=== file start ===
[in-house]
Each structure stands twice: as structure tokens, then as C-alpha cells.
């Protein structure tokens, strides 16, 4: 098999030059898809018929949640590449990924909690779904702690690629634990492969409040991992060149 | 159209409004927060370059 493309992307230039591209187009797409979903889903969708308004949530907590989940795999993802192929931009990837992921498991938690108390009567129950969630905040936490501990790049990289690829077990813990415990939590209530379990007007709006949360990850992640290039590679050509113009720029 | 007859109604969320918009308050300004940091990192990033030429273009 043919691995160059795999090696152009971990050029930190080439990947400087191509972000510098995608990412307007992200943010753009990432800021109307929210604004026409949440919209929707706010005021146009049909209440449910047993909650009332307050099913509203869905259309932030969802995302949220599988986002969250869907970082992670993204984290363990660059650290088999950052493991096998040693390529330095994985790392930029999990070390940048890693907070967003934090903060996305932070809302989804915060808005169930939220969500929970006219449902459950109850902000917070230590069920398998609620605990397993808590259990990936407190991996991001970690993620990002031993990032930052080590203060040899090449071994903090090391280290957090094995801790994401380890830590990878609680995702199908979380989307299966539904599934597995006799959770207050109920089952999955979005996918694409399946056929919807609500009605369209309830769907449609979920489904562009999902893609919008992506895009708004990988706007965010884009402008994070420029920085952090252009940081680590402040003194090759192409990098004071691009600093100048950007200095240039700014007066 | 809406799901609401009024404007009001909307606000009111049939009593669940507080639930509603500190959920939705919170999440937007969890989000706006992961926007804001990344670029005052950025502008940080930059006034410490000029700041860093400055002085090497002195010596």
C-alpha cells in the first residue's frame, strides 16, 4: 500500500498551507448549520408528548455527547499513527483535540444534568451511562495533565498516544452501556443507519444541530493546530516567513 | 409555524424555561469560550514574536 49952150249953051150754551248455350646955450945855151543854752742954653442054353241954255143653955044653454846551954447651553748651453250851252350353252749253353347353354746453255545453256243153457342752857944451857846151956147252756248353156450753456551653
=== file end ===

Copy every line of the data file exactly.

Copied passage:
[in-house]
Each structure stands twice: as structure tokens, then as C-alpha cells.
């Protein structure tokens, strides 16, 4: 098999030059898809018929949640590449990924909690779904702690690629634990492969409040991992060149 | 159209409004927060370059 493309992307230039591209187009797409979903889903969708308004949530907590989940795999993802192929931009990837992921498991938690108390009567129950969630905040936490501990790049990289690829077990813990415990939590209530379990007007709006949360990850992640290039590679050509113009720029 | 007859109604969320918009308050300004940091990192990033030429273009 043919691995160059795999090696152009971990050029930190080439990947400087191509972000510098995608990412307007992200943010753009990432800021109307929210604004026409949440919209929707706010005021146009049909209440449910047993909650009332307050099913509203869905259309932030969802995302949220599988986002969250869907970082992670993204984290363990660059650290088999950052493991096998040693390529330095994985790392930029999990070390940048890693907070967003934090903060996305932070809302989804915060808005169930939220969500929970006219449902459950109850902000917070230590069920398998609620605990397993808590259990990936407190991996991001970690993620990002031993990032930052080590203060040899090449071994903090090391280290957090094995801790994401380890830590990878609680995702199908979380989307299966539904599934597995006799959770207050109920089952999955979005996918694409399946056929919807609500009605369209309830769907449609979920489904562009999902893609919008992506895009708004990988706007965010884009402008994070420029920085952090252009940081680590402040003194090759192409990098004071691009600093100048950007200095240039700014007066 | 809406799901609401009024404007009001909307606000009111049939009593669940507080639930509603500190959920939705919170999440937007969890989000706006992961926007804001990344670029005052950025502008940080930059006034410490000029700041860093400055002085090497002195010596």
C-alpha cells in the first residue's frame, strides 16, 4: 500500500498551507448549520408528548455527547499513527483535540444534568451511562495533565498516544452501556443507519444541530493546530516567513 | 409555524424555561469560550514574536 49952150249953051150754551248455350646955450945855151543854752742954653442054353241954255143653955044653454846551954447651553748651453250851252350353252749253353347353354746453255545453256243153457342752857944451857846151956147252756248353156450753456551653